What Does This Exhaust Color Mean?

The Indication Behind Blue, White, Gray or Black Smoke

CAR EXHAUST PUMPING OUT FUMES
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If you've noticed that your car has thick smoke coming out of the exhaust pipe, it may be a sign that your engine needs some attention. Just like you can examine an animal's stool to get an idea of its health, you can pay attention to the quality of your car's exhaust to get an idea of what's going on inside the engine. As the engine burns fuel and creates exhaust, lots of different things are happening — some of which might not be normal or good. Things like burning oil, evaporating coolant and leaving unburned fuel in the exhaust are not good to see. Pay attention to what's coming out and you can get a good idea as to what problems your engine may be having before they get worse and lead to expensive repairs.

Smoky Tailpipe Issues

Here, take a look at the most common symptoms and their causes to help you troubleshoot your exhaust by color and by smell. The symptoms below are the most commonly found smoky tailpipe conditions. 

  • Blue or gray smoke coming from the exhaust pipe.
  • White smoke or water vapor coming from the tailpipe, especially in the morning when the engine is cold.
  • Black smoke or very dark smoke coming from the exhaust pipe.
  • A new fuel odor or drop in MPG that seems to be coming from the exhaust pipe. 

Possible causes:

The engine's piston rings may be worn.
The Fix:
Replace piston rings. (This is generally not a DIY job)

The engine's valve seals may be worn.
The Fix:
Replace valve seals. (This is generally not a DIY job)

Damaged or worn valve guides.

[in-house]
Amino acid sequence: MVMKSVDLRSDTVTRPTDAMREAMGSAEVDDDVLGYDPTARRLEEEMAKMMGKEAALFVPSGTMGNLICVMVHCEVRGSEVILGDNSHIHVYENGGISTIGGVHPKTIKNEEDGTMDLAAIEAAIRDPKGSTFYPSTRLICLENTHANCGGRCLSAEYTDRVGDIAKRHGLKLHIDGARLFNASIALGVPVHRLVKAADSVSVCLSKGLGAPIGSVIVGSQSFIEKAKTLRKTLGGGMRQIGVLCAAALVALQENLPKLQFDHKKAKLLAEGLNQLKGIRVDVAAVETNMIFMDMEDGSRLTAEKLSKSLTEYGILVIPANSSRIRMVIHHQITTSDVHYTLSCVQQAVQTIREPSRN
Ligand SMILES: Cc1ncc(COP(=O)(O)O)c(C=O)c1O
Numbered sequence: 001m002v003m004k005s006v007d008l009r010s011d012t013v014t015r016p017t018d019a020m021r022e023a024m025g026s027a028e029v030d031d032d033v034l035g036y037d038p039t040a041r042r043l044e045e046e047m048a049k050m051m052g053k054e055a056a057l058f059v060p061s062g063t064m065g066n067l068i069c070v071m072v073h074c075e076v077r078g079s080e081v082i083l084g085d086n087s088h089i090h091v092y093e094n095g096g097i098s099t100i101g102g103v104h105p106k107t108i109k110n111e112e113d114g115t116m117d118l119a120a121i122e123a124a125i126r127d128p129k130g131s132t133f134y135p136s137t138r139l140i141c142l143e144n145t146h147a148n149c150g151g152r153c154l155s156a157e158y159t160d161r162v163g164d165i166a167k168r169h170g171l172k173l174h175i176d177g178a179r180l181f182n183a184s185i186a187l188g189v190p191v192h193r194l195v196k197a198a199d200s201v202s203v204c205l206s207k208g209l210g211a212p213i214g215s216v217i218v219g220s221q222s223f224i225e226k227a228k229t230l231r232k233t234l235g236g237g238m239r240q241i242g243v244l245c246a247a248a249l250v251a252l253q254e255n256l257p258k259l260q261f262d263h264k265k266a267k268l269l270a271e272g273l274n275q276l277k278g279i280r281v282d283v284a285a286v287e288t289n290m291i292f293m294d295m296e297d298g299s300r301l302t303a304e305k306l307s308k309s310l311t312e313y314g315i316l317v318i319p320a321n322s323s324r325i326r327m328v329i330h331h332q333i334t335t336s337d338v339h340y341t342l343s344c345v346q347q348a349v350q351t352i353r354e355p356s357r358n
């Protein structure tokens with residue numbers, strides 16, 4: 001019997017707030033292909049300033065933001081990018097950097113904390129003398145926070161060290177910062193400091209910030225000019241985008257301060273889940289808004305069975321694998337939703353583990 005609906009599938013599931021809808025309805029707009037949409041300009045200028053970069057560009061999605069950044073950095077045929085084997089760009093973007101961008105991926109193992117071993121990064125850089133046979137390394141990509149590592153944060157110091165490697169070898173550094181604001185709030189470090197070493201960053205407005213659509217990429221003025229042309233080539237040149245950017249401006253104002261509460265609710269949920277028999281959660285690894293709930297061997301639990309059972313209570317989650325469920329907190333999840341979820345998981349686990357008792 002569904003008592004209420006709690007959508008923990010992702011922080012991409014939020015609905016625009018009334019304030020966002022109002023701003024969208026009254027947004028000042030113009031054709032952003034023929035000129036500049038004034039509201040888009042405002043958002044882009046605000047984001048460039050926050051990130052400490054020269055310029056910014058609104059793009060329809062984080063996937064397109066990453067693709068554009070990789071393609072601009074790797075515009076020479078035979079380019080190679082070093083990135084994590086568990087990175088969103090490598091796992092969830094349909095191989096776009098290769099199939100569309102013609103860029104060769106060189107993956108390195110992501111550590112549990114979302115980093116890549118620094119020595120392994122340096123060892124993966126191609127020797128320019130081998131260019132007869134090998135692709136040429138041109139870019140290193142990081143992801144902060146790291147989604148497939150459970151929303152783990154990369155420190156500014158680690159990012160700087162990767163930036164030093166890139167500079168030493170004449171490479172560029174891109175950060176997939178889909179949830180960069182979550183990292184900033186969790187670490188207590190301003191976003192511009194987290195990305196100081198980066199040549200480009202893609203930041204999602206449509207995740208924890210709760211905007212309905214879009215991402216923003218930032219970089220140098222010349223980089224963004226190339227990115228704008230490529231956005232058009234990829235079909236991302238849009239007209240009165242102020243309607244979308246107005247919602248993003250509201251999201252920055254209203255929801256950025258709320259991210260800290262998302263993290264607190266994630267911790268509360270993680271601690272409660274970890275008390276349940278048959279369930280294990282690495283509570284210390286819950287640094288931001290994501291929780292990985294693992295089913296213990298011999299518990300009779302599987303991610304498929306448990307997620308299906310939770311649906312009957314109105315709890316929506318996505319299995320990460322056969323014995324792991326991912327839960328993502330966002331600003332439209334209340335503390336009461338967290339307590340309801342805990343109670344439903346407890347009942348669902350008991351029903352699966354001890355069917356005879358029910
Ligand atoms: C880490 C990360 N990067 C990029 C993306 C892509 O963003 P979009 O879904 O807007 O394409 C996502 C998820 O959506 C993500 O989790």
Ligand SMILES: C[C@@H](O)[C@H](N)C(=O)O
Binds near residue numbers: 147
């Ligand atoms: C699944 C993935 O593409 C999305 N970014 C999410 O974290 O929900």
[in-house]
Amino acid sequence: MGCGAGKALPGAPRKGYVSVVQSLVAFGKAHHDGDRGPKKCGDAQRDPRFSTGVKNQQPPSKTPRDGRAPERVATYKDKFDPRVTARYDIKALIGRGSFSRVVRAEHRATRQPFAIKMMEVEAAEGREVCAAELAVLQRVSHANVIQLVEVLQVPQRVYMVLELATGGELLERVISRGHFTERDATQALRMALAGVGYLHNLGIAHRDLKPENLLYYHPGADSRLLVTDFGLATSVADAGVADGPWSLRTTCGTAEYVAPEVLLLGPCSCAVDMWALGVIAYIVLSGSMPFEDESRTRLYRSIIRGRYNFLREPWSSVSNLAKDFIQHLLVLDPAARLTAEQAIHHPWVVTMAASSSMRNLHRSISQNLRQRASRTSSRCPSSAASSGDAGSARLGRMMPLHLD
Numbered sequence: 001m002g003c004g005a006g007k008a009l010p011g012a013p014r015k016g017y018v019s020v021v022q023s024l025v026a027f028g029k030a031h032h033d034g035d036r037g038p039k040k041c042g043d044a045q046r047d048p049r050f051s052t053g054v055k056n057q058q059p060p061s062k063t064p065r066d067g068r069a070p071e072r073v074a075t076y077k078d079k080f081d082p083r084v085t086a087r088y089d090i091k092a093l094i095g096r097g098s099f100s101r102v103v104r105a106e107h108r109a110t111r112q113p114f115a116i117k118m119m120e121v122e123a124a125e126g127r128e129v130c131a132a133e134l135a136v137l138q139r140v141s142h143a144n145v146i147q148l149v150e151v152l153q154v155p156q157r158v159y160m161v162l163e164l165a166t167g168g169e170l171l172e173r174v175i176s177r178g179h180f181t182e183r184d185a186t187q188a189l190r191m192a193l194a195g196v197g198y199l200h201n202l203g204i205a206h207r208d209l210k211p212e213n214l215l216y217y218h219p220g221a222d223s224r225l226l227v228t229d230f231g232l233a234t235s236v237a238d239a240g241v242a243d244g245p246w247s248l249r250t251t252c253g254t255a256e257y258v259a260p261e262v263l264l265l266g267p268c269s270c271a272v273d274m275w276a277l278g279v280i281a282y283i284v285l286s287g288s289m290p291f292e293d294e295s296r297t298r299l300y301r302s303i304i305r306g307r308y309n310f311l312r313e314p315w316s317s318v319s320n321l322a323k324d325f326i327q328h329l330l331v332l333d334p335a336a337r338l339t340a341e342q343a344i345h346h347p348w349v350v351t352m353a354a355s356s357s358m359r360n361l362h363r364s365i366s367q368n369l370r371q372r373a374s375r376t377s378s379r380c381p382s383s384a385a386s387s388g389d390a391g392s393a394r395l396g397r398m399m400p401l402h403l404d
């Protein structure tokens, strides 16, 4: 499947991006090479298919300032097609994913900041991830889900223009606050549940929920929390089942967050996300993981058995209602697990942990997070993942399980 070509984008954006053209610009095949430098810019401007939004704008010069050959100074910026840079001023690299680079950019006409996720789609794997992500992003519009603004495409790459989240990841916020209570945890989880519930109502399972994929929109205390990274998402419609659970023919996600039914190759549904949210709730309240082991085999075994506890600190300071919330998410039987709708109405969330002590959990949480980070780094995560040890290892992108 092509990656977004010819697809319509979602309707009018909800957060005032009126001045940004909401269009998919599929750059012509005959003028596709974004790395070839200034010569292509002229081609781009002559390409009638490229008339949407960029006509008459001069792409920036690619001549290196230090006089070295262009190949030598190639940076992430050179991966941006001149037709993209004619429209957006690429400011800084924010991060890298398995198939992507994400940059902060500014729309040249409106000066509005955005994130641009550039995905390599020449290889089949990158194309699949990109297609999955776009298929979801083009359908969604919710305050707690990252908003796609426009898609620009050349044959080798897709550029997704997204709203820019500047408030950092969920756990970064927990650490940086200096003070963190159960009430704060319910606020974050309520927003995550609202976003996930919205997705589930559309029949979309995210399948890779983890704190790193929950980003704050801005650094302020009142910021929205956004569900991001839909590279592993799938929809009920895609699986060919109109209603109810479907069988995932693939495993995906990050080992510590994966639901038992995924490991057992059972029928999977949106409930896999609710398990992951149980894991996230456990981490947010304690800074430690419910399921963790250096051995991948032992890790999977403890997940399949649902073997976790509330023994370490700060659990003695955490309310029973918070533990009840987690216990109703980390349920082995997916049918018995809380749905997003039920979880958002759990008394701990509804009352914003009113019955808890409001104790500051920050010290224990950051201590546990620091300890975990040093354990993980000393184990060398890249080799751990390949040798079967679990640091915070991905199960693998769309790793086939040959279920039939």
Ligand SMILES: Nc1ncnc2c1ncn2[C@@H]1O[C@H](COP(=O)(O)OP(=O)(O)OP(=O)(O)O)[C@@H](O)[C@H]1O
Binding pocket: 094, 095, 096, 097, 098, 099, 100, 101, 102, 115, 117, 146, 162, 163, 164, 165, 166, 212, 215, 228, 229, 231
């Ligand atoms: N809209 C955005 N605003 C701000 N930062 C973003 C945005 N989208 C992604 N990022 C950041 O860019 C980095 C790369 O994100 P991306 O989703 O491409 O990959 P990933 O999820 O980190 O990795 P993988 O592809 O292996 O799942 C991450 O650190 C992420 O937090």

The Fix:
Replace valve guides. (This is not a DIY job)

Burning Through Oil and Accompanying Smoke

Symptom: Engine uses more oil than normal, and there is some smoke from the exhaust. The oil level is low between oil changes. It appears that the oil is being burned by the engine because of the smoke in the exhaust. You may or may not notice the engine doesn't have the same power as it used to.

Possible causes:

The PCV system is not working properly.
The Fix:
Replace PCV valve.

The engine may have mechanical problems.
The Fix:
Check compression to determine engine condition.

The engine's piston rings may be worn.
The Fix:
Replace piston rings. (This is generally not a DIY job)

The engine's valve seals may be worn.
The Fix:
Replace valve seals. (This is generally not a DIY job)

More Reasons Behind Abnormal Exhaust Smoke

Transmission fluid may be entering the intake manifold through vacuum modulator.
The Fix:
Replace vacuum modulator

Cylinder head gasket(s) may be bad.
The Fix:
Replace cylinder head gasket(s).

Cylinder head(s) may be warped or cracked.
The Fix:
Resurface or replace cylinder heads. (Resurfacing is not a DIY job)

The engine block may be cracked.
The Fix:
Replace engine block.

If you have a carburetor, the carburetor choke may be stuck closed.
The Fix:
Repair or replace choke.

Fuel injectors may be leaking.
The Fix:
Replace fuel injectors.

You may have a dirty air filter: Replace the air filter.

There may be some other type of ignition problem.
The Fix:
Check distributor cap and rotor. Ignition module may be bad.

If you have a carburetor, the carburetor choke may be stuck closed.
The Fix:
Repair or replace choke.

The engine may have mechanical problems.
The Fix:
Check compression to determine engine condition.

The ignition timing may be set wrong.
The Fix:
Adjust ignition timing.

There may be a fault in the computerized engine control system.
The Fix:
Check engine control systems with a scan tool. Test circuits and repair or replace components as required. (This is generally not a DIY job)

The engine may be running too hot.
The Fix:
Check and repair cooling system.

The fuel injectors may be stuck partially open.
The Fix:
Replace injectors.

There may be an emission-control device that is not working properly.

There may be some type of ignition problem.
The Fix:
Check and replace distributor cap, rotor, ignition wires, and spark plugs.

The fuel pressure regulator may be operating at too high of a pressure.
The Fix:
Check fuel pressure with a fuel pressure gauge. Replace fuel pressure regulator. (This is generally not a DIY job)

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